There have been many movies covering the life of Ip Man. This newest iteration, by writer/director Kar Wai Wong (My Blueberry Nights), is as unique as his other work, and as visually stunning. It also reunites his main actors from their turns in his earlier effort, 2046. As a movie and a docu-drama, however, it falls a little short of compelling.
The formidable Leung (Red Cliff, Lust/Caution), as Ip, brings a solidity and delight into his role; a centeredness. But his performance is somehow devoid of emotion and his actions of consequences, despite the volatile and fascinating life of Ip Man. His focus on Zhang (House of Flying Daggers) as Gong Er is intense, but there is little to the journey between the two that doesn’t feel like Wong just marking a timeline with pretty pictures and fights. Unlike Hero, which also had Zhang and Leung, the marking of the history is done rather dryly through text and some stock footage. While, perhaps, this approach had impact in China, it lacks the same effect for foreign audiences.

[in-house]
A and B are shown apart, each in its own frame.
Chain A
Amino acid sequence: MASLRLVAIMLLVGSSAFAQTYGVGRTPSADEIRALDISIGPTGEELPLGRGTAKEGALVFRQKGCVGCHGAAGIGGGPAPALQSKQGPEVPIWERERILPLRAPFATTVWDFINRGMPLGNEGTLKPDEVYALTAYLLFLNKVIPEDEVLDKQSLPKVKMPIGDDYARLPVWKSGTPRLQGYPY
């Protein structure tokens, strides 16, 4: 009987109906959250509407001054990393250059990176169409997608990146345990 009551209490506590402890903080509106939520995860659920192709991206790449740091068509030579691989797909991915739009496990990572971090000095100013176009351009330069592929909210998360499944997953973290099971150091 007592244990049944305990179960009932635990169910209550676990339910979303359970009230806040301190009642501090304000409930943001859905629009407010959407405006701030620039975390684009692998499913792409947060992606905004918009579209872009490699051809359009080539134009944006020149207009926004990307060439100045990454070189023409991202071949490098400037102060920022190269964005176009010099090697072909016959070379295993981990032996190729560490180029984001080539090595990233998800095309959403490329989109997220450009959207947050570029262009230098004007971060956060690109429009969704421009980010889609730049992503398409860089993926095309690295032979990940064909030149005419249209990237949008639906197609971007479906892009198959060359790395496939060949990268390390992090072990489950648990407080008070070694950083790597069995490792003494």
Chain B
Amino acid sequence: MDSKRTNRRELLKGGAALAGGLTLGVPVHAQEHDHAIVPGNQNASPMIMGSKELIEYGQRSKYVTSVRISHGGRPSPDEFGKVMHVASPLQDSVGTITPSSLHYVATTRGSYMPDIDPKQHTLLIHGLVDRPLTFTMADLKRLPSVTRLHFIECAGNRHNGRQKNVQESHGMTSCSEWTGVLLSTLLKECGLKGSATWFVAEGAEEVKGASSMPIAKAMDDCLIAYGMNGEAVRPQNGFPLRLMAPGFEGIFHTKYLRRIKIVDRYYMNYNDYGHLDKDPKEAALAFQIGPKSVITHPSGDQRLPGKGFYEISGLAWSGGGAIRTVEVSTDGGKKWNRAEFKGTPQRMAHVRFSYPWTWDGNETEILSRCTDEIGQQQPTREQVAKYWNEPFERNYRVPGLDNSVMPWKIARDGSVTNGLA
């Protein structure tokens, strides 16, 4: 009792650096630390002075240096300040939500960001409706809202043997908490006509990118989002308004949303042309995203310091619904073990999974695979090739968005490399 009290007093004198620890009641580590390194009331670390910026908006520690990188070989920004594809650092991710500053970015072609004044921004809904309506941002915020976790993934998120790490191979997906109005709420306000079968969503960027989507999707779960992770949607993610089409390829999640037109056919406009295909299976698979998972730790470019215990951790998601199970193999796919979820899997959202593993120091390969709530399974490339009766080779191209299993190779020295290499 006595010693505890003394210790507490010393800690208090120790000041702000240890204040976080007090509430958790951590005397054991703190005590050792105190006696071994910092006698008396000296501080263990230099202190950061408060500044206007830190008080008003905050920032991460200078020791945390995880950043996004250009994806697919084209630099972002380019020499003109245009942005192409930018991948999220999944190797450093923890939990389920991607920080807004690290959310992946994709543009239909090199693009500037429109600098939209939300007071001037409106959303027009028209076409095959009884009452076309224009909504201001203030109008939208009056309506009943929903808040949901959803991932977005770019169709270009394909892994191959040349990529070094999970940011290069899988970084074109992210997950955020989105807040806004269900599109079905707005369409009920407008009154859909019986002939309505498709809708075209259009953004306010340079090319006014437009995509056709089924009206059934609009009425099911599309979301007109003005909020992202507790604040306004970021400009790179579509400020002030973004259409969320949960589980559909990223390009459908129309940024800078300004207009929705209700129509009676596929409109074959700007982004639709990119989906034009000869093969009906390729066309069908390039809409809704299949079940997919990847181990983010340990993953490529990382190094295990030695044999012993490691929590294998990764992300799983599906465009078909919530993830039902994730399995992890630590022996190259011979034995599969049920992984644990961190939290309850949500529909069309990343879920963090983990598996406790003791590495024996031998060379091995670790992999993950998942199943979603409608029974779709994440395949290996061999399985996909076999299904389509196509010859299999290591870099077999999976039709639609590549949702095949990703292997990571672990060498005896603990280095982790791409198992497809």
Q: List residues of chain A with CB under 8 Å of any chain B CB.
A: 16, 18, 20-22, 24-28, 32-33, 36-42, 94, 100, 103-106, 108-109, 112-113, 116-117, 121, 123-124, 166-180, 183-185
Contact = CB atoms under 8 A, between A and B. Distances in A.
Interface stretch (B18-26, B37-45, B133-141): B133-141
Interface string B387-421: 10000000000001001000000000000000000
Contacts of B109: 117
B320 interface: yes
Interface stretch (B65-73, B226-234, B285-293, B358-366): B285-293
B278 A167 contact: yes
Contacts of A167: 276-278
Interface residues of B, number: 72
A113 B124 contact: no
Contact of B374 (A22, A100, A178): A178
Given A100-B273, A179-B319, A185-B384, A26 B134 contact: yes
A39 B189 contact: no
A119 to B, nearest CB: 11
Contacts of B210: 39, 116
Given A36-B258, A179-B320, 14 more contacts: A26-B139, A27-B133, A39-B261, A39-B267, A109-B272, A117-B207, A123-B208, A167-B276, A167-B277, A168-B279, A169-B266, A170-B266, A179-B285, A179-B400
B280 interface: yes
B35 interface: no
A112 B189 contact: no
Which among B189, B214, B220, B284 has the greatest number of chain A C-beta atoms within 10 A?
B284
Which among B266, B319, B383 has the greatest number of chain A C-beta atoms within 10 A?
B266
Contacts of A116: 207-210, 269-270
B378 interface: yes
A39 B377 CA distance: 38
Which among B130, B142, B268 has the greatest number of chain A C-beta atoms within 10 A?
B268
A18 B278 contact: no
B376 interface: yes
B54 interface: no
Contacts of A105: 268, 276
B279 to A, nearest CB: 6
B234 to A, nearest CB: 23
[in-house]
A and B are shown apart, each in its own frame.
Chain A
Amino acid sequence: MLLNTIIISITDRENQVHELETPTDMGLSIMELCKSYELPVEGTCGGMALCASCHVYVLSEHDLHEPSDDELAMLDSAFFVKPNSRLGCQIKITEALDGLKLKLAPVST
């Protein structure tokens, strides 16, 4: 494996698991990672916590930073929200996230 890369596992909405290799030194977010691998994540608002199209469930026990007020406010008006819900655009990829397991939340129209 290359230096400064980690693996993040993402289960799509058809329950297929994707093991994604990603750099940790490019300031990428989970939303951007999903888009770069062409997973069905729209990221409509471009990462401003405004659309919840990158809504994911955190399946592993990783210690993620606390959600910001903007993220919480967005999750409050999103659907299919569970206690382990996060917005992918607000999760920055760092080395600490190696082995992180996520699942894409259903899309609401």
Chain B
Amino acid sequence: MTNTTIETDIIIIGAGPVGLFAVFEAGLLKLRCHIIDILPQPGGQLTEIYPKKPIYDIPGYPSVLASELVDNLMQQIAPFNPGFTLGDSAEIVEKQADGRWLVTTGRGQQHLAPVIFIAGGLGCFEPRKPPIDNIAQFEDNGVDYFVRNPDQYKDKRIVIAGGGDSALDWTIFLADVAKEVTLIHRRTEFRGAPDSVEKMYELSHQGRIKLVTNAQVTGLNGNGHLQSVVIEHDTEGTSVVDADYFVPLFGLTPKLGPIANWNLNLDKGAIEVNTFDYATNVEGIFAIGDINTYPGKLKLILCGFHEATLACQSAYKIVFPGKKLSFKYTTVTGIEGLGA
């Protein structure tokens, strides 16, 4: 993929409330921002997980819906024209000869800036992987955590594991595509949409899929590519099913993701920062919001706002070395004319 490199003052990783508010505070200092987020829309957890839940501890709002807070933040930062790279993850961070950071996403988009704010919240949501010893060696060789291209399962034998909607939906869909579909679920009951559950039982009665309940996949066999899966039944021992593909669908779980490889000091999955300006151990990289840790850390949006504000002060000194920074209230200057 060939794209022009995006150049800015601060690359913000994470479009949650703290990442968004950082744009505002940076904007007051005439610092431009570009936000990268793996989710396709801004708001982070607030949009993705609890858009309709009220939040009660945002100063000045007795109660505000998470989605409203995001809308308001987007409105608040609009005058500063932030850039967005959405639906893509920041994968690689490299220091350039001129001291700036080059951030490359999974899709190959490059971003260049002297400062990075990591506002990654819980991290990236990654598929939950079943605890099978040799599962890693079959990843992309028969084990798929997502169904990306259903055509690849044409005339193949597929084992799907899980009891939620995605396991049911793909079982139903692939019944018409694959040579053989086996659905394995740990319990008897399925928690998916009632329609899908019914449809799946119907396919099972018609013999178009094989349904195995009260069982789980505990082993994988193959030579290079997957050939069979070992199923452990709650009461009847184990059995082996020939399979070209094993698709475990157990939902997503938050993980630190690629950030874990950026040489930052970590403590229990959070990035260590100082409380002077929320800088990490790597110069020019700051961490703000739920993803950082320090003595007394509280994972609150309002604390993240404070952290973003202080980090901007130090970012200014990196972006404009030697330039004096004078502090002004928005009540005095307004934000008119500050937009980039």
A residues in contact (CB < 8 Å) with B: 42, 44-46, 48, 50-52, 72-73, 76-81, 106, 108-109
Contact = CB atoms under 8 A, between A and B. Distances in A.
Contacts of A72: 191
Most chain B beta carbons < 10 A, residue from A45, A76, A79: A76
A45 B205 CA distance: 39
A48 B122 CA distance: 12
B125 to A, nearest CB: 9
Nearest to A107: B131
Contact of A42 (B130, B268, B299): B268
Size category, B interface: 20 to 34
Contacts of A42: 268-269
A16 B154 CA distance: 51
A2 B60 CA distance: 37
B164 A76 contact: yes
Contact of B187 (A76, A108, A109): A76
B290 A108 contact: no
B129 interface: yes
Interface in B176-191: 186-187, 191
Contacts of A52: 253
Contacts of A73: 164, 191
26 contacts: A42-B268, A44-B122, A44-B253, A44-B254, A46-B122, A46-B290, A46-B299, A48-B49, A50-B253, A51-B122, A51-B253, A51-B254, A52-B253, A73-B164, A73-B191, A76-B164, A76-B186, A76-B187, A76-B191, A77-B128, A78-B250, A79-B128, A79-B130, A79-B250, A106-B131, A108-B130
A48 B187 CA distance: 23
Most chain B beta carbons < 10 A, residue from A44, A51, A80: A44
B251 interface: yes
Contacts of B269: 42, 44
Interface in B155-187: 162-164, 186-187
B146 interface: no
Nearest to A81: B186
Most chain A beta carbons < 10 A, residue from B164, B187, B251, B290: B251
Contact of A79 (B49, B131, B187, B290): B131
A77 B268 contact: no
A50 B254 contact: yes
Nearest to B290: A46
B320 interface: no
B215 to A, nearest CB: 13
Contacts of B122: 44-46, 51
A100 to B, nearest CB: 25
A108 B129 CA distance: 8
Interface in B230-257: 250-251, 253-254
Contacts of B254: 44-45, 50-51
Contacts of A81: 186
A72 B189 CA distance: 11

Finally, the near-fantasy nature of the presentation, including some wire work, adds to the oddness of the story. Ip was the “real deal.” The fantastical presentation of some of the fights somewhat cheapens and weakens his place in marital arts history. And the attempt to shift to the more spiritual aspects of the craft don’t carry enough weight to make up for the lack of reality.
That said, there are some fun nods to Bruce Lee, particularly near the beginning where Ip runs through a sequence similar to Game of Death as he prepares for his fight with the exiting Grandmaster.
I would have preferred to see a more realistic drama and epic story than what Wong wanted to tell. But what he does give us is gorgeous to behold. And some of the fights are great to see, even if he couldn’t let go of the slo-mo and tight frame approach. Whether this version of Ip Man’s story resonates for you may depend on how steeped you are in the lore and what you hope to get from the story.